There is an interesting group of cases characterized by typical symptoms which the Germans have described under the name "Spontan-gangrän." In 1879 von Winiwarter published the results of the pathological findings in one case, and reported an obliteration of practically all of the arteries of the leg by reason of a chronic proliferative process, due, in his opinion, to a new growth of tissue from the intima. He, therefore, proposed a new name for this condition, namely, "endarteritis obliterans." Patients afflicted with this so-called endarteritis obliterans present symptoms which are so characteristic that the diagnosis is not difficult. I have had occasion to observe some thirty cases of this disease, and have made pathological studies on the vessels obtained from eleven amputated limbs.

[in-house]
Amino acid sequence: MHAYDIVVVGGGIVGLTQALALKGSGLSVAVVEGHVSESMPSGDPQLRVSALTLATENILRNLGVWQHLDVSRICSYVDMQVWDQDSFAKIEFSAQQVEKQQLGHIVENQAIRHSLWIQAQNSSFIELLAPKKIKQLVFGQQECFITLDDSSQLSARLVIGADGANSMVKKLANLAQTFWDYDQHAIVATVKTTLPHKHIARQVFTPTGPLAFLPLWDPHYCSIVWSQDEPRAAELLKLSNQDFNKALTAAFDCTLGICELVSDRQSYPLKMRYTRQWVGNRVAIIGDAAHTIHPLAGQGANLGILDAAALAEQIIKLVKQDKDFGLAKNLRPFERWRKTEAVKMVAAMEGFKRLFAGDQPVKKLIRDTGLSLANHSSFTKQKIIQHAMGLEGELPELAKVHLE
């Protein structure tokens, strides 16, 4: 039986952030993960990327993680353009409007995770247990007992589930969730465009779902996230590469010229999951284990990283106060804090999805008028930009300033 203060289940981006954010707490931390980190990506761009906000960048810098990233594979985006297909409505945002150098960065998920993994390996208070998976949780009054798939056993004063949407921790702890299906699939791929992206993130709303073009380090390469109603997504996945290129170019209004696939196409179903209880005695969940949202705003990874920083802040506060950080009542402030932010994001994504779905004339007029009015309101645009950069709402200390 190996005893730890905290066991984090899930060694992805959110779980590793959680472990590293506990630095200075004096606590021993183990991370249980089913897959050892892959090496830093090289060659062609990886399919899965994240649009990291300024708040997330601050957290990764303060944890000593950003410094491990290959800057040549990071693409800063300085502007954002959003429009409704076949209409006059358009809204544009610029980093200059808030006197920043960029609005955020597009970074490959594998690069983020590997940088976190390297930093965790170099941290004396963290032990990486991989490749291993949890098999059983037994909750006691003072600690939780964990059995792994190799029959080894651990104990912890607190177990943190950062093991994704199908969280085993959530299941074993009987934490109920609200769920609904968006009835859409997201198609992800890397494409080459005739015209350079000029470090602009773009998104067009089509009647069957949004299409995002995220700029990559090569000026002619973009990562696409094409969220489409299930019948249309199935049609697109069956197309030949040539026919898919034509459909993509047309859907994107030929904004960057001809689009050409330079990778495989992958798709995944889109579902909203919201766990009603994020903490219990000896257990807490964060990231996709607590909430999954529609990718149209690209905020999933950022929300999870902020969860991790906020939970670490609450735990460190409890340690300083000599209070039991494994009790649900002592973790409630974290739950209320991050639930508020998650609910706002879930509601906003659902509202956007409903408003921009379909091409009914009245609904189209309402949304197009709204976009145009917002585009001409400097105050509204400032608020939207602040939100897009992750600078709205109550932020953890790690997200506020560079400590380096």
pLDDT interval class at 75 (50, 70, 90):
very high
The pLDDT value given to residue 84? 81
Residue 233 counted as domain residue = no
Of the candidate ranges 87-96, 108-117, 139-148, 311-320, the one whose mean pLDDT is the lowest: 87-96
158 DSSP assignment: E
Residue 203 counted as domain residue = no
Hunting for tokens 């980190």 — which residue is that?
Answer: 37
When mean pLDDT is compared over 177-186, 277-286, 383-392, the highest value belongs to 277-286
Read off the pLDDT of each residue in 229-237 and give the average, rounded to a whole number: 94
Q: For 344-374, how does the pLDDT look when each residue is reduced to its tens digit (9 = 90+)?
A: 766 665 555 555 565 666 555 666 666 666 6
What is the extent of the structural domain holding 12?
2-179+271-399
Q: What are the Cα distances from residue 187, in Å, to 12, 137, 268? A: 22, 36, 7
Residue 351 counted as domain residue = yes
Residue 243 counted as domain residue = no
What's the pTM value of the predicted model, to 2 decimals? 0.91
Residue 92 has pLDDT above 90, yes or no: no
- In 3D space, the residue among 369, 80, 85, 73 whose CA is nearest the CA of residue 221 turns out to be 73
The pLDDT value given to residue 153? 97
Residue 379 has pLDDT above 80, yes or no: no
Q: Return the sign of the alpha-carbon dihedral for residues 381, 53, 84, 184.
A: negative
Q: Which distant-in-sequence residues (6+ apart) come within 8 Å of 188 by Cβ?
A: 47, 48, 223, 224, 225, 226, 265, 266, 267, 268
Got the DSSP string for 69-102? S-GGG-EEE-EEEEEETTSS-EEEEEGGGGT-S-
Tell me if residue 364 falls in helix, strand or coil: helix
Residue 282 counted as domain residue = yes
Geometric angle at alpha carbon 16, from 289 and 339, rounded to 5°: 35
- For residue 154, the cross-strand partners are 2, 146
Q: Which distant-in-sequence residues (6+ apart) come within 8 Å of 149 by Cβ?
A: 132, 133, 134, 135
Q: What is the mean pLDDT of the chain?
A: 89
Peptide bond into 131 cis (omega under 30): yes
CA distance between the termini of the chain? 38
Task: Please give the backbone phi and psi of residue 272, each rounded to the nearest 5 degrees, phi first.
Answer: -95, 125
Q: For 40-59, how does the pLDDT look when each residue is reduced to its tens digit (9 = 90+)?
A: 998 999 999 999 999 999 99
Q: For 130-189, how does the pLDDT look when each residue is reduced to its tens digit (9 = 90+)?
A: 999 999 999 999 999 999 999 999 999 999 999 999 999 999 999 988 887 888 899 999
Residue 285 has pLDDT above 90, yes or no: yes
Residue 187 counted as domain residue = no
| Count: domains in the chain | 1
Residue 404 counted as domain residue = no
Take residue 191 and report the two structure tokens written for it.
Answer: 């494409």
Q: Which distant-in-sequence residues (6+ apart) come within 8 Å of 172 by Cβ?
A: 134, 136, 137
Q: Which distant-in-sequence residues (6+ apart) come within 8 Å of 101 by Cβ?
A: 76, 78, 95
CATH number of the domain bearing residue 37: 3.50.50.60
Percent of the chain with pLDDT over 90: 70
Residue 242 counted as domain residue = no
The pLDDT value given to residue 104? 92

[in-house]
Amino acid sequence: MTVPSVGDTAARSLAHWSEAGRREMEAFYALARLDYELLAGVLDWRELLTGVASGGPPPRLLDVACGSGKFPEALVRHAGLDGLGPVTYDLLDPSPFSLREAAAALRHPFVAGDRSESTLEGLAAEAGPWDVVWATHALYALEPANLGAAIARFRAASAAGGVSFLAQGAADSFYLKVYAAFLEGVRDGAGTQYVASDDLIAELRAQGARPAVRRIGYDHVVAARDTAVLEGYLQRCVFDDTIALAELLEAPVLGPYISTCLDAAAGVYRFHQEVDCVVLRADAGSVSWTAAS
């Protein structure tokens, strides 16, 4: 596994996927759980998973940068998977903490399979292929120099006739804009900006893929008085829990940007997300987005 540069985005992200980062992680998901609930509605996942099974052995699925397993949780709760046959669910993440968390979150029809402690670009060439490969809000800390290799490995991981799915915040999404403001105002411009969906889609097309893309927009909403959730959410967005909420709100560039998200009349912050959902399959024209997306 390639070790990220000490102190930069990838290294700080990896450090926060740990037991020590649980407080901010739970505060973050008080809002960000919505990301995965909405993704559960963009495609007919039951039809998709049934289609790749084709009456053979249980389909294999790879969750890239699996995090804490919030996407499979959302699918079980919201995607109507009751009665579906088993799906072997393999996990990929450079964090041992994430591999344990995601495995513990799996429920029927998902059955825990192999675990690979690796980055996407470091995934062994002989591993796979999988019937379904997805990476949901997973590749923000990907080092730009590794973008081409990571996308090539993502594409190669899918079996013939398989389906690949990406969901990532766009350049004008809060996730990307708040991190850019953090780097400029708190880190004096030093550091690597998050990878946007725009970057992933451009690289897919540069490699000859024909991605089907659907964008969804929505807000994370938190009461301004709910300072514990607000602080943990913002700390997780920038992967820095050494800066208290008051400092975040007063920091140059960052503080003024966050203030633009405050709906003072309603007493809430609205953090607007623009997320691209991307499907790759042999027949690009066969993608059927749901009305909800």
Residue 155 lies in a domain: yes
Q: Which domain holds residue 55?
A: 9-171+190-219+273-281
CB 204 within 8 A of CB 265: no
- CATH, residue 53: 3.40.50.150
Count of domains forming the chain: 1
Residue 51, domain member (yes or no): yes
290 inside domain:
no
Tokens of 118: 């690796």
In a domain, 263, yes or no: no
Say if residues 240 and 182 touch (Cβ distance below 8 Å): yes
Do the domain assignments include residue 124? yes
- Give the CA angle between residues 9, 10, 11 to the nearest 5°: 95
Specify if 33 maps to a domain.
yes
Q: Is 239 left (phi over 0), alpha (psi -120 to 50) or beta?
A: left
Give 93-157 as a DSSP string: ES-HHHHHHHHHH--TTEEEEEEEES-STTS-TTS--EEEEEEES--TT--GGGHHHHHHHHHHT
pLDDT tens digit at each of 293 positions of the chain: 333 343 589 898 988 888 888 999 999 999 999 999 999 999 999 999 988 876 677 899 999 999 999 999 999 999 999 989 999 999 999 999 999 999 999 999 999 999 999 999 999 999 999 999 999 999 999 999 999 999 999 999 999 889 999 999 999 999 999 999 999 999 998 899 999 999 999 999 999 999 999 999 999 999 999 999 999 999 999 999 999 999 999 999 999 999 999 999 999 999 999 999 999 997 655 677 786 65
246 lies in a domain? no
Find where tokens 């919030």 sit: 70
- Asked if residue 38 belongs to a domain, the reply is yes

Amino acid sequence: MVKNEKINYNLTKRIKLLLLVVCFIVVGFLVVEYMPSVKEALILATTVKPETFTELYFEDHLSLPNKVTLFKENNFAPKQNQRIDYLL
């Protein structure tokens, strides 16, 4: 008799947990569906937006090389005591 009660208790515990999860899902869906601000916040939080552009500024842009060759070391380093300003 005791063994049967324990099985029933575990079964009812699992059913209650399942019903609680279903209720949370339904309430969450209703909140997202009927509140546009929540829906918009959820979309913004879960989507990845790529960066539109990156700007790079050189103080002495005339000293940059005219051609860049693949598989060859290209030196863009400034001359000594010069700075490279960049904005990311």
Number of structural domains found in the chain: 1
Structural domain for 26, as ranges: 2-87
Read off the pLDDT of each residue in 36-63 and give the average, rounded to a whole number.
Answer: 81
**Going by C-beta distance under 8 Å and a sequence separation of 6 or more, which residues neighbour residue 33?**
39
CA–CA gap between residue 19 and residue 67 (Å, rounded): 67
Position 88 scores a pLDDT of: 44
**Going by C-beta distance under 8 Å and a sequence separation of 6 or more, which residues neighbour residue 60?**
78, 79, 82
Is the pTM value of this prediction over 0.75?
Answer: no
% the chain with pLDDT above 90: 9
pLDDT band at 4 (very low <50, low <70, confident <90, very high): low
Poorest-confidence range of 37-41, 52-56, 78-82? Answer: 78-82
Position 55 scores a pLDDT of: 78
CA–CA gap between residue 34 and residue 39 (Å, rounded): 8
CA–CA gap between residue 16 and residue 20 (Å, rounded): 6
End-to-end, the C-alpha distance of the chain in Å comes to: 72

The disease occurs frequently, although not exclusively, among the Polish and Russian Jews, and it is in the dispensaries and hospitals of New York City that we
Charles G. Roland. Buerger's Disease. Arch Intern Med. 1970;126(5):734–741. doi:10.1001/archinte.1970.00310110004001